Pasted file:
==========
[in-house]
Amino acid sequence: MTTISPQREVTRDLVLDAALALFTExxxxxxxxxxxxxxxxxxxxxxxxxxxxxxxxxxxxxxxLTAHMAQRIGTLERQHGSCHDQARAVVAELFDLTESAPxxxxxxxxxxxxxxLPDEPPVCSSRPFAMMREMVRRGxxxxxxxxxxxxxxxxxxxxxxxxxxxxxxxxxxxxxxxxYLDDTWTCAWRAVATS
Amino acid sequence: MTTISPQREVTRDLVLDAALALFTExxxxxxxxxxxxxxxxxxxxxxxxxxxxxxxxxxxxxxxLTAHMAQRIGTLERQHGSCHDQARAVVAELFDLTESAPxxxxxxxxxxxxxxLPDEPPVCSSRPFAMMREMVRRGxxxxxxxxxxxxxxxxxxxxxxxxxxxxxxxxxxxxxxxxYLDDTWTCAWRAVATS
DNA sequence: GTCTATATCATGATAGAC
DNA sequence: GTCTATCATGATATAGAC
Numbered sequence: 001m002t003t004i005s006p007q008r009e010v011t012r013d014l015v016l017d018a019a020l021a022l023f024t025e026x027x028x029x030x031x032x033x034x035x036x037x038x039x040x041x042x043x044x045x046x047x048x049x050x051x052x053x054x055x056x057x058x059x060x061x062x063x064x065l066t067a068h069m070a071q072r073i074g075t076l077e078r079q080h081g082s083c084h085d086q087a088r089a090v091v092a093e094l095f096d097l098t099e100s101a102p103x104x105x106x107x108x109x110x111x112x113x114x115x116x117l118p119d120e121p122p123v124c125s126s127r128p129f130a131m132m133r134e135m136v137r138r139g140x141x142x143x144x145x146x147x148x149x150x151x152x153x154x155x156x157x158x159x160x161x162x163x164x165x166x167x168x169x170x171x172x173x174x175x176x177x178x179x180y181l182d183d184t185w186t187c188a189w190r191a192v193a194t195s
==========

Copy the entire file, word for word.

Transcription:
[in-house]
Amino acid sequence: MTTISPQREVTRDLVLDAALALFTExxxxxxxxxxxxxxxxxxxxxxxxxxxxxxxxxxxxxxxLTAHMAQRIGTLERQHGSCHDQARAVVAELFDLTESAPxxxxxxxxxxxxxxLPDEPPVCSSRPFAMMREMVRRGxxxxxxxxxxxxxxxxxxxxxxxxxxxxxxxxxxxxxxxxYLDDTWTCAWRAVATS
Amino acid sequence: MTTISPQREVTRDLVLDAALALFTExxxxxxxxxxxxxxxxxxxxxxxxxxxxxxxxxxxxxxxLTAHMAQRIGTLERQHGSCHDQARAVVAELFDLTESAPxxxxxxxxxxxxxxLPDEPPVCSSRPFAMMREMVRRGxxxxxxxxxxxxxxxxxxxxxxxxxxxxxxxxxxxxxxxxYLDDTWTCAWRAVATS
DNA sequence: GTCTATATCATGATAGAC
DNA sequence: GTCTATCATGATATAGAC
Numbered sequence: 001m002t003t004i005s006p007q008r009e010v011t012r013d014l015v016l017d018a019a020l021a022l023f024t025e026x027x028x029x030x031x032x033x034x035x036x037x038x039x040x041x042x043x044x045x046x047x048x049x050x051x052x053x054x055x056x057x058x059x060x061x062x063x064x065l066t067a068h069m070a071q072r073i074g075t076l077e078r079q080h081g082s083c084h085d086q087a088r089a090v091v092a093e094l095f096d097l098t099e100s101a102p103x104x105x106x107x108x109x110x111x112x113x114x115x116x117l118p119d120e121p122p123v124c125s126s127r128p129f130a131m132m133r134e135m136v137r138r139g140x141x142x143x144x145x146x147x148x149x150x151x152x153x154x155x156x157x158x159x160x161x162x163x164x165x166x167x168x169x170x171x172x173x174x175x176x177x178x179x180y181l182d183d184t185w186t187c188a189w190r191a192v193a194t195s